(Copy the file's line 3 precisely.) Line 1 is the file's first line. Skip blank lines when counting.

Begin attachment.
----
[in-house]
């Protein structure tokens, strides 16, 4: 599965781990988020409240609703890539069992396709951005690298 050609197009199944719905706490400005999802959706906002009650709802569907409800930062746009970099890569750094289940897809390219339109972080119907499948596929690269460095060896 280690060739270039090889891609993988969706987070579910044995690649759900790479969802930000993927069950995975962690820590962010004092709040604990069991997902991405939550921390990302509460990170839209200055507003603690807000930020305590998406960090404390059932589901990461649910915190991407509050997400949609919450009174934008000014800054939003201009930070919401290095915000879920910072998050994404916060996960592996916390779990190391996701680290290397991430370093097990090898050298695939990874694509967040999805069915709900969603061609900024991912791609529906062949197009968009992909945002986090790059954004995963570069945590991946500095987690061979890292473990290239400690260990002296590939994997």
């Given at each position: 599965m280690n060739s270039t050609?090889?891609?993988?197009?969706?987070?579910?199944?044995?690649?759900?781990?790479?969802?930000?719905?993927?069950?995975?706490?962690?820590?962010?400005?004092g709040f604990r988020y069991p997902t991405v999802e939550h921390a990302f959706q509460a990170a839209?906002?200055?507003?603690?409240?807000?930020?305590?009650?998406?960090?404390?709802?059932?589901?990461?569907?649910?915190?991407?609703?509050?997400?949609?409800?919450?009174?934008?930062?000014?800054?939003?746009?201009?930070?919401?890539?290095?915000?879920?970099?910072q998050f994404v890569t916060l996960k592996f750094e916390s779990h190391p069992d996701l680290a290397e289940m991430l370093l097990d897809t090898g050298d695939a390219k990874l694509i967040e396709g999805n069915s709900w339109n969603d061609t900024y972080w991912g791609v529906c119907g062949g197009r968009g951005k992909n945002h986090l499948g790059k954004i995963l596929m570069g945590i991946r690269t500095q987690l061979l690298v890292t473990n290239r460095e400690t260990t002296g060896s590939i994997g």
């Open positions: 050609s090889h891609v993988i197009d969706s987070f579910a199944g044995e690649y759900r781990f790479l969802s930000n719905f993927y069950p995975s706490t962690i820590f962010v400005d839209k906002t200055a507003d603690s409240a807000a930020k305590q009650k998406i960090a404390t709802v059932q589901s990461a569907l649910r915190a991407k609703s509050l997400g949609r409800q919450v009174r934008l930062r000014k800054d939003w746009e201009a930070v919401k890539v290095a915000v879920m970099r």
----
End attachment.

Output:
């Given at each position: 599965m280690n060739s270039t050609?090889?891609?993988?197009?969706?987070?579910?199944?044995?690649?759900?781990?790479?969802?930000?719905?993927?069950?995975?706490?962690?820590?962010?400005?004092g709040f604990r988020y069991p997902t991405v999802e939550h921390a990302f959706q509460a990170a839209?906002?200055?507003?603690?409240?807000?930020?305590?009650?998406?960090?404390?709802?059932?589901?990461?569907?649910?915190?991407?609703?509050?997400?949609?409800?919450?009174?934008?930062?000014?800054?939003?746009?201009?930070?919401?890539?290095?915000?879920?970099?910072q998050f994404v890569t916060l996960k592996f750094e916390s779990h190391p069992d996701l680290a290397e289940m991430l370093l097990d897809t090898g050298d695939a390219k990874l694509i967040e396709g999805n069915s709900w339109n969603d061609t900024y972080w991912g791609v529906c119907g062949g197009r968009g951005k992909n945002h986090l499948g790059k954004i995963l596929m570069g945590i991946r690269t500095q987690l061979l690298v890292t473990n290239r460095e400690t260990t002296g060896s590939i994997g």